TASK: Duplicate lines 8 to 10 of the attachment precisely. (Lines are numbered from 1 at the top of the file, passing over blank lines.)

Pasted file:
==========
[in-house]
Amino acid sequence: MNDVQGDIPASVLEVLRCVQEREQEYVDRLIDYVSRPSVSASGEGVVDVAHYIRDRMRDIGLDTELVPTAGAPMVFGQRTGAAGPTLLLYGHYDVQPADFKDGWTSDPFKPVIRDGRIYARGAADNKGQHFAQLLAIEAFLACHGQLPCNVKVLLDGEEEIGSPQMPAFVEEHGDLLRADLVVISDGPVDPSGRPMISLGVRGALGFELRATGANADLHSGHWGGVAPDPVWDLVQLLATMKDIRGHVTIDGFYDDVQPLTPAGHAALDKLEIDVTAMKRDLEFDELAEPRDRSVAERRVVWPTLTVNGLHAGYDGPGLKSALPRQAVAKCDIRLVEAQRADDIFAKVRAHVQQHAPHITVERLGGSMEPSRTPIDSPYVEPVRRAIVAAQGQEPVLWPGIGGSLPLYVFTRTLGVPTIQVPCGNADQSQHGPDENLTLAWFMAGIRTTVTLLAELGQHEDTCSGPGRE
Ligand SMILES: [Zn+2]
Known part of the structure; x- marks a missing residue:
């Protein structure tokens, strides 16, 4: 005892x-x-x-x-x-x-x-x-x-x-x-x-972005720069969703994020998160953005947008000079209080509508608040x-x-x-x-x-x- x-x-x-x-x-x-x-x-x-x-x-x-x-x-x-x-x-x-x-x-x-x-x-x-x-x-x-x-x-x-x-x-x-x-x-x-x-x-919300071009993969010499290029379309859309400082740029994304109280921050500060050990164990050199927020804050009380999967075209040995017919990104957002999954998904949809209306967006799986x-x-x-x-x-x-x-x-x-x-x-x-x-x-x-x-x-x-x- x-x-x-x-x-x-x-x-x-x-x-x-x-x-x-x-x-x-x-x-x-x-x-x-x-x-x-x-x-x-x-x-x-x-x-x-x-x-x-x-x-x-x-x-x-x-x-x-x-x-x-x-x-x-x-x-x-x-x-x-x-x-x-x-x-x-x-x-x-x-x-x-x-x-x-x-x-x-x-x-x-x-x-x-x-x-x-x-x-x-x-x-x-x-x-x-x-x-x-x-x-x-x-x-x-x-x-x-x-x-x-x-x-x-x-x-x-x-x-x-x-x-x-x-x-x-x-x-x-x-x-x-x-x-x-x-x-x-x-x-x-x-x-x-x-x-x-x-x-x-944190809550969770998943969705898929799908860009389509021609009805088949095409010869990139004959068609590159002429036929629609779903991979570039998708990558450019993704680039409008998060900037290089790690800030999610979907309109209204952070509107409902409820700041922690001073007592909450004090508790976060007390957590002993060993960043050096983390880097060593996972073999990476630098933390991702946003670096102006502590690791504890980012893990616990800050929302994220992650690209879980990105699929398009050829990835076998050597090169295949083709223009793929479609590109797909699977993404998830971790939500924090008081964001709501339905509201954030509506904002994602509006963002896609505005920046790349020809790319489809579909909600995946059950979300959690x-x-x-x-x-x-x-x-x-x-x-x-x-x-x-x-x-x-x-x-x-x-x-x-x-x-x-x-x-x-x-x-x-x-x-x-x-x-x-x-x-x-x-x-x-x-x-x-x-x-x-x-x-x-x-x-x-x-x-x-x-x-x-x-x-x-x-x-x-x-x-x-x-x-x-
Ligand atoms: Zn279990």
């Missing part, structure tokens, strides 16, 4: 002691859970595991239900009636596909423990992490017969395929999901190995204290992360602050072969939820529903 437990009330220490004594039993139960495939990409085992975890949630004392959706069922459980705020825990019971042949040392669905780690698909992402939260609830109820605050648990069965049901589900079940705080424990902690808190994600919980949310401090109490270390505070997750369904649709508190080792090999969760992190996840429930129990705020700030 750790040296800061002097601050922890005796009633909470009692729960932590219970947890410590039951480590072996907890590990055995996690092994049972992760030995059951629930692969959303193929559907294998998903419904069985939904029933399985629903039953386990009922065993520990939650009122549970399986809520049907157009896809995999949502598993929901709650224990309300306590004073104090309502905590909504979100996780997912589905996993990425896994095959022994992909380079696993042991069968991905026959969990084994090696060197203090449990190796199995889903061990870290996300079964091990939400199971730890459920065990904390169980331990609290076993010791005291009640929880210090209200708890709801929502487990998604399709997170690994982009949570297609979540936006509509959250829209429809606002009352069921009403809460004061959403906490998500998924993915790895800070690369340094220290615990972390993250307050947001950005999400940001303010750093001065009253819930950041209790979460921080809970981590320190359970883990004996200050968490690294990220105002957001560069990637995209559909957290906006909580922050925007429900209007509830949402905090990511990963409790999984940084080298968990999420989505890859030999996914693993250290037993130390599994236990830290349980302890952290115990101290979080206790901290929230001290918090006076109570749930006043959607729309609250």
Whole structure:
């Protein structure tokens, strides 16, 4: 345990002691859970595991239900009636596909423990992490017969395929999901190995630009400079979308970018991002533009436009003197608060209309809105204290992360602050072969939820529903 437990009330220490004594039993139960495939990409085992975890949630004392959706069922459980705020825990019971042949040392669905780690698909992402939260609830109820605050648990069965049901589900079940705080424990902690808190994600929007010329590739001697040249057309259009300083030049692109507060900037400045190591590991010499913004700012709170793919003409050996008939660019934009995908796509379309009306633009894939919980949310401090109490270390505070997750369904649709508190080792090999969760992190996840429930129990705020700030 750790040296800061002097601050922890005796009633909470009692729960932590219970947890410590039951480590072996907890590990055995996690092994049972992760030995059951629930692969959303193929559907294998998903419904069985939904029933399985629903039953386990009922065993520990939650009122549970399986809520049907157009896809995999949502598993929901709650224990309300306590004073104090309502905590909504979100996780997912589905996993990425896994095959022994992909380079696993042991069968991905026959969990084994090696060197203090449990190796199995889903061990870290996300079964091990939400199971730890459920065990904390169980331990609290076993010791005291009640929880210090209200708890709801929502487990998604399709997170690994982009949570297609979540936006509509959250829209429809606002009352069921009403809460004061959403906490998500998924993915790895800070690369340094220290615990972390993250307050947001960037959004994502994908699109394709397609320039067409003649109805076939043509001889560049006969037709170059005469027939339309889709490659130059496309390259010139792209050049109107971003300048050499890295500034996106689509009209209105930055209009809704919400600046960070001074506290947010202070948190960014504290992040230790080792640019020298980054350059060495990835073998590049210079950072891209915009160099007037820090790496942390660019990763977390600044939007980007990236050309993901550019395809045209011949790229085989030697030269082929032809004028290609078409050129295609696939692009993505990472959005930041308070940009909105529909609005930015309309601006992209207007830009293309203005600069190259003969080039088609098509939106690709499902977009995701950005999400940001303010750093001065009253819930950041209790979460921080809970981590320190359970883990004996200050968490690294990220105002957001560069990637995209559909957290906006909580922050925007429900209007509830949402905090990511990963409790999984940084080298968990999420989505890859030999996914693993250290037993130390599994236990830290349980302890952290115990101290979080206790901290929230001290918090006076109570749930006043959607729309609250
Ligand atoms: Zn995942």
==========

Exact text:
Whole structure:
């Protein structure tokens, strides 16, 4: 345990002691859970595991239900009636596909423990992490017969395929999901190995630009400079979308970018991002533009436009003197608060209309809105204290992360602050072969939820529903 437990009330220490004594039993139960495939990409085992975890949630004392959706069922459980705020825990019971042949040392669905780690698909992402939260609830109820605050648990069965049901589900079940705080424990902690808190994600929007010329590739001697040249057309259009300083030049692109507060900037400045190591590991010499913004700012709170793919003409050996008939660019934009995908796509379309009306633009894939919980949310401090109490270390505070997750369904649709508190080792090999969760992190996840429930129990705020700030 750790040296800061002097601050922890005796009633909470009692729960932590219970947890410590039951480590072996907890590990055995996690092994049972992760030995059951629930692969959303193929559907294998998903419904069985939904029933399985629903039953386990009922065993520990939650009122549970399986809520049907157009896809995999949502598993929901709650224990309300306590004073104090309502905590909504979100996780997912589905996993990425896994095959022994992909380079696993042991069968991905026959969990084994090696060197203090449990190796199995889903061990870290996300079964091990939400199971730890459920065990904390169980331990609290076993010791005291009640929880210090209200708890709801929502487990998604399709997170690994982009949570297609979540936006509509959250829209429809606002009352069921009403809460004061959403906490998500998924993915790895800070690369340094220290615990972390993250307050947001960037959004994502994908699109394709397609320039067409003649109805076939043509001889560049006969037709170059005469027939339309889709490659130059496309390259010139792209050049109107971003300048050499890295500034996106689509009209209105930055209009809704919400600046960070001074506290947010202070948190960014504290992040230790080792640019020298980054350059060495990835073998590049210079950072891209915009160099007037820090790496942390660019990763977390600044939007980007990236050309993901550019395809045209011949790229085989030697030269082929032809004028290609078409050129295609696939692009993505990472959005930041308070940009909105529909609005930015309309601006992209207007830009293309203005600069190259003969080039088609098509939106690709499902977009995701950005999400940001303010750093001065009253819930950041209790979460921080809970981590320190359970883990004996200050968490690294990220105002957001560069990637995209559909957290906006909580922050925007429900209007509830949402905090990511990963409790999984940084080298968990999420989505890859030999996914693993250290037993130390599994236990830290349980302890952290115990101290979080206790901290929230001290918090006076109570749930006043959607729309609250
Ligand atoms: Zn995942």